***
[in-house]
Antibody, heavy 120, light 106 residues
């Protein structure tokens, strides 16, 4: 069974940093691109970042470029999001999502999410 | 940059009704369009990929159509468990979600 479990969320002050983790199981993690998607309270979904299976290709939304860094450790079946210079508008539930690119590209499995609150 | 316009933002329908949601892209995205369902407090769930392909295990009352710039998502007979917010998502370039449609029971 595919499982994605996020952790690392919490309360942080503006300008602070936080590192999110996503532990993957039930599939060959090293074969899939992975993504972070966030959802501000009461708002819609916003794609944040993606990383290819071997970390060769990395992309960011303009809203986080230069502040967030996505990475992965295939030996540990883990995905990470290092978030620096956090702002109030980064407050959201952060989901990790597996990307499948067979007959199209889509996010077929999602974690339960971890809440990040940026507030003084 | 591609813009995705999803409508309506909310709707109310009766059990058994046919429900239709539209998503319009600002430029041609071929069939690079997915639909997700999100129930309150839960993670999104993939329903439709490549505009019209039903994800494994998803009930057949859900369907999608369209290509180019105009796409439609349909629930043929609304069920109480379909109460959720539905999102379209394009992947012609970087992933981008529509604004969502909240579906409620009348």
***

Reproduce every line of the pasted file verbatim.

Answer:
[in-house]
Antibody, heavy 120, light 106 residues
């Protein structure tokens, strides 16, 4: 069974940093691109970042470029999001999502999410 | 940059009704369009990929159509468990979600 479990969320002050983790199981993690998607309270979904299976290709939304860094450790079946210079508008539930690119590209499995609150 | 316009933002329908949601892209995205369902407090769930392909295990009352710039998502007979917010998502370039449609029971 595919499982994605996020952790690392919490309360942080503006300008602070936080590192999110996503532990993957039930599939060959090293074969899939992975993504972070966030959802501000009461708002819609916003794609944040993606990383290819071997970390060769990395992309960011303009809203986080230069502040967030996505990475992965295939030996540990883990995905990470290092978030620096956090702002109030980064407050959201952060989901990790597996990307499948067979007959199209889509996010077929999602974690339960971890809440990040940026507030003084 | 591609813009995705999803409508309506909310709707109310009766059990058994046919429900239709539209998503319009600002430029041609071929069939690079997915639909997700999100129930309150839960993670999104993939329903439709490549505009019209039903994800494994998803009930057949859900369907999608369209290509180019105009796409439609349909629930043929609304069920109480379909109460959720539905999102379209394009992947012609970087992933981008529509604004969502909240579906409620009348």